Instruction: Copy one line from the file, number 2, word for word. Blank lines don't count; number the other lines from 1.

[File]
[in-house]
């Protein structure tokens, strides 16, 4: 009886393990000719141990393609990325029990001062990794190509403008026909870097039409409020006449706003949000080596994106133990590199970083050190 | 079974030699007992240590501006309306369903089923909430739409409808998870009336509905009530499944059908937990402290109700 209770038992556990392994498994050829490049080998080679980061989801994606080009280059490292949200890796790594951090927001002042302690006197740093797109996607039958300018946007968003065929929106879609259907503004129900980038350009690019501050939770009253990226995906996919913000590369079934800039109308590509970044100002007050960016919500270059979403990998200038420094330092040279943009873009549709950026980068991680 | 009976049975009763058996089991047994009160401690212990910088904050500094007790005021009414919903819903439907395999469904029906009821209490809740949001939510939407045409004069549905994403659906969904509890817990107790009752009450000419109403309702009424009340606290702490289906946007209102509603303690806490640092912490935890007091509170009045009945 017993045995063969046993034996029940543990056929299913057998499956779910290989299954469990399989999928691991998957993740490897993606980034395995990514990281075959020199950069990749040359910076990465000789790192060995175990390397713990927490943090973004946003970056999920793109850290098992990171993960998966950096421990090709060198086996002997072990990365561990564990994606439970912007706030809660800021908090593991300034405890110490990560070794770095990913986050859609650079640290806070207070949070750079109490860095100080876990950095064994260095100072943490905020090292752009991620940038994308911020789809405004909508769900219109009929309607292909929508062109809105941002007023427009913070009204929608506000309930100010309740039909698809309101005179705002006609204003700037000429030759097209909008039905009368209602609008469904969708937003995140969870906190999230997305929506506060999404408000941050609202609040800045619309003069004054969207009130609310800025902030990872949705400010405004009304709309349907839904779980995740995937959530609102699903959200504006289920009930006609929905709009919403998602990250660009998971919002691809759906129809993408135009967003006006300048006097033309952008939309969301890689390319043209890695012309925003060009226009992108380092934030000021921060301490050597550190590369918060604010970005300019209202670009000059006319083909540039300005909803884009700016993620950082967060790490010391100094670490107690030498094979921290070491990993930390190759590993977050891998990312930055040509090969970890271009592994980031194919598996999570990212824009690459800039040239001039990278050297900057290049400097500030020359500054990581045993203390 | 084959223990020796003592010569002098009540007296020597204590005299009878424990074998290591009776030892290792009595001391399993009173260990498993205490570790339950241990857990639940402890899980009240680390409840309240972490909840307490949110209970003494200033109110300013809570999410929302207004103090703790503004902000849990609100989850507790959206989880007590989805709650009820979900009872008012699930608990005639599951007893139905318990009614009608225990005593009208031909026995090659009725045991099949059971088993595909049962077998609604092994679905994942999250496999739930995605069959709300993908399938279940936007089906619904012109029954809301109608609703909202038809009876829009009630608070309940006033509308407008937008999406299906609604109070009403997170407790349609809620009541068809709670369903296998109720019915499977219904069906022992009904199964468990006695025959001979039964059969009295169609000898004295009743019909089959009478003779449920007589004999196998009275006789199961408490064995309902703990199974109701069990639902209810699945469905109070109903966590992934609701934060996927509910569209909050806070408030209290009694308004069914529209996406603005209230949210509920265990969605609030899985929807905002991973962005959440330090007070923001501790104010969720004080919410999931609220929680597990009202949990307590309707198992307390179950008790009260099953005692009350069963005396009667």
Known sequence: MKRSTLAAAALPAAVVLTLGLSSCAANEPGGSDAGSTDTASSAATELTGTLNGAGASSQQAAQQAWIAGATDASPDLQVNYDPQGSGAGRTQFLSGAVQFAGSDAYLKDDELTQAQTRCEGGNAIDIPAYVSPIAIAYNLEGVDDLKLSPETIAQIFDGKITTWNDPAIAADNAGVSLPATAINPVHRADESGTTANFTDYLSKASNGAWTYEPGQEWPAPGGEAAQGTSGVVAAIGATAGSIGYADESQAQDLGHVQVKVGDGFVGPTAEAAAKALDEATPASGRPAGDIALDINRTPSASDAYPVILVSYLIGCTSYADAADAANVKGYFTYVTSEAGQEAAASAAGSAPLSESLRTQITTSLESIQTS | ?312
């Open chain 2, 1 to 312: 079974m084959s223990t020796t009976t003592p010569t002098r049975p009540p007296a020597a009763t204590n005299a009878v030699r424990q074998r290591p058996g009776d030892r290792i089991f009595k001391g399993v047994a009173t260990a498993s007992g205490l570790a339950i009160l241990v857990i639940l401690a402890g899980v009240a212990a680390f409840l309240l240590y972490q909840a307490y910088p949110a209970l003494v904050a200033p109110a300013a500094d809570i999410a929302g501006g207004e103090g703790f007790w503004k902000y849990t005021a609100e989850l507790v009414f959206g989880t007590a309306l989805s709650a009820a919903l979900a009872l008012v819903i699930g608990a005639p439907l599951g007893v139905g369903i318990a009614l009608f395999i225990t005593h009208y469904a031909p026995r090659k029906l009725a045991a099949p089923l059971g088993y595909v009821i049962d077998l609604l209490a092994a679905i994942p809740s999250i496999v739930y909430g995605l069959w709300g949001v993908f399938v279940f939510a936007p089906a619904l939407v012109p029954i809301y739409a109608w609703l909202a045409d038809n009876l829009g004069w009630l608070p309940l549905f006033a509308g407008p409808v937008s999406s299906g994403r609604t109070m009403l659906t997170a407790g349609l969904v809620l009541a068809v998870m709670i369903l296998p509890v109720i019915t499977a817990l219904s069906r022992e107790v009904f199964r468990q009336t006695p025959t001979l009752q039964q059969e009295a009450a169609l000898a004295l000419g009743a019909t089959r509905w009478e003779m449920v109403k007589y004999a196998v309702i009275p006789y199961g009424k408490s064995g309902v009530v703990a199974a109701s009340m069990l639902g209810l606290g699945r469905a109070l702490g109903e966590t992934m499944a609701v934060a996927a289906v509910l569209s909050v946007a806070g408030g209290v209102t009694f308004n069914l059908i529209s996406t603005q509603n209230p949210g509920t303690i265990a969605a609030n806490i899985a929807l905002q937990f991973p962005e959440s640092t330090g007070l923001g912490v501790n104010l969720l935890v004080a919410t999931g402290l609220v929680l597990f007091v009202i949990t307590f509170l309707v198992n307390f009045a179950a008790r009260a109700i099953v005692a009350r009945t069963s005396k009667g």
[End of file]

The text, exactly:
């Protein structure tokens, strides 16, 4: 009886393990000719141990393609990325029990001062990794190509403008026909870097039409409020006449706003949000080596994106133990590199970083050190 | 079974030699007992240590501006309306369903089923909430739409409808998870009336509905009530499944059908937990402290109700 209770038992556990392994498994050829490049080998080679980061989801994606080009280059490292949200890796790594951090927001002042302690006197740093797109996607039958300018946007968003065929929106879609259907503004129900980038350009690019501050939770009253990226995906996919913000590369079934800039109308590509970044100002007050960016919500270059979403990998200038420094330092040279943009873009549709950026980068991680 | 009976049975009763058996089991047994009160401690212990910088904050500094007790005021009414919903819903439907395999469904029906009821209490809740949001939510939407045409004069549905994403659906969904509890817990107790009752009450000419109403309702009424009340606290702490289906946007209102509603303690806490640092912490935890007091509170009045009945 017993045995063969046993034996029940543990056929299913057998499956779910290989299954469990399989999928691991998957993740490897993606980034395995990514990281075959020199950069990749040359910076990465000789790192060995175990390397713990927490943090973004946003970056999920793109850290098992990171993960998966950096421990090709060198086996002997072990990365561990564990994606439970912007706030809660800021908090593991300034405890110490990560070794770095990913986050859609650079640290806070207070949070750079109490860095100080876990950095064994260095100072943490905020090292752009991620940038994308911020789809405004909508769900219109009929309607292909929508062109809105941002007023427009913070009204929608506000309930100010309740039909698809309101005179705002006609204003700037000429030759097209909008039905009368209602609008469904969708937003995140969870906190999230997305929506506060999404408000941050609202609040800045619309003069004054969207009130609310800025902030990872949705400010405004009304709309349907839904779980995740995937959530609102699903959200504006289920009930006609929905709009919403998602990250660009998971919002691809759906129809993408135009967003006006300048006097033309952008939309969301890689390319043209890695012309925003060009226009992108380092934030000021921060301490050597550190590369918060604010970005300019209202670009000059006319083909540039300005909803884009700016993620950082967060790490010391100094670490107690030498094979921290070491990993930390190759590993977050891998990312930055040509090969970890271009592994980031194919598996999570990212824009690459800039040239001039990278050297900057290049400097500030020359500054990581045993203390 | 084959223990020796003592010569002098009540007296020597204590005299009878424990074998290591009776030892290792009595001391399993009173260990498993205490570790339950241990857990639940402890899980009240680390409840309240972490909840307490949110209970003494200033109110300013809570999410929302207004103090703790503004902000849990609100989850507790959206989880007590989805709650009820979900009872008012699930608990005639599951007893139905318990009614009608225990005593009208031909026995090659009725045991099949059971088993595909049962077998609604092994679905994942999250496999739930995605069959709300993908399938279940936007089906619904012109029954809301109608609703909202038809009876829009009630608070309940006033509308407008937008999406299906609604109070009403997170407790349609809620009541068809709670369903296998109720019915499977219904069906022992009904199964468990006695025959001979039964059969009295169609000898004295009743019909089959009478003779449920007589004999196998009275006789199961408490064995309902703990199974109701069990639902209810699945469905109070109903966590992934609701934060996927509910569209909050806070408030209290009694308004069914529209996406603005209230949210509920265990969605609030899985929807905002991973962005959440330090007070923001501790104010969720004080919410999931609220929680597990009202949990307590309707198992307390179950008790009260099953005692009350069963005396009667």